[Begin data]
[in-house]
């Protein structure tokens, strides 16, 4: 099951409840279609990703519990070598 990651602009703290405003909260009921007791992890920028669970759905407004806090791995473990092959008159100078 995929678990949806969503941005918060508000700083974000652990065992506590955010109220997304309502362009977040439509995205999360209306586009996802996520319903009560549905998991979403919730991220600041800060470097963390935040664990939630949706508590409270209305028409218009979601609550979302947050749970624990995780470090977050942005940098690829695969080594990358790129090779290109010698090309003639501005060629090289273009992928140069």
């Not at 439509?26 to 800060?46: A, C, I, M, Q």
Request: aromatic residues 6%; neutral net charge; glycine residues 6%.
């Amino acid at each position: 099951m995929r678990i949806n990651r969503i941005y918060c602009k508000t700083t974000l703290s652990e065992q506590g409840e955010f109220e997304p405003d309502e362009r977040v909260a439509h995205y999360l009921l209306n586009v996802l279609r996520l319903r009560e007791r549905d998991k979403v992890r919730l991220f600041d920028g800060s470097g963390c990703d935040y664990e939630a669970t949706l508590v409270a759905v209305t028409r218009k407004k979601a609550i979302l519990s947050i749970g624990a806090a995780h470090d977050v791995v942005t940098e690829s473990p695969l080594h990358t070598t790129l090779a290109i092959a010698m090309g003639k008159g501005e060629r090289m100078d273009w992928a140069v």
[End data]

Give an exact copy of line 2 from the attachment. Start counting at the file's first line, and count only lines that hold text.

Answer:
């Protein structure tokens, strides 16, 4: 099951409840279609990703519990070598 990651602009703290405003909260009921007791992890920028669970759905407004806090791995473990092959008159100078 995929678990949806969503941005918060508000700083974000652990065992506590955010109220997304309502362009977040439509995205999360209306586009996802996520319903009560549905998991979403919730991220600041800060470097963390935040664990939630949706508590409270209305028409218009979601609550979302947050749970624990995780470090977050942005940098690829695969080594990358790129090779290109010698090309003639501005060629090289273009992928140069």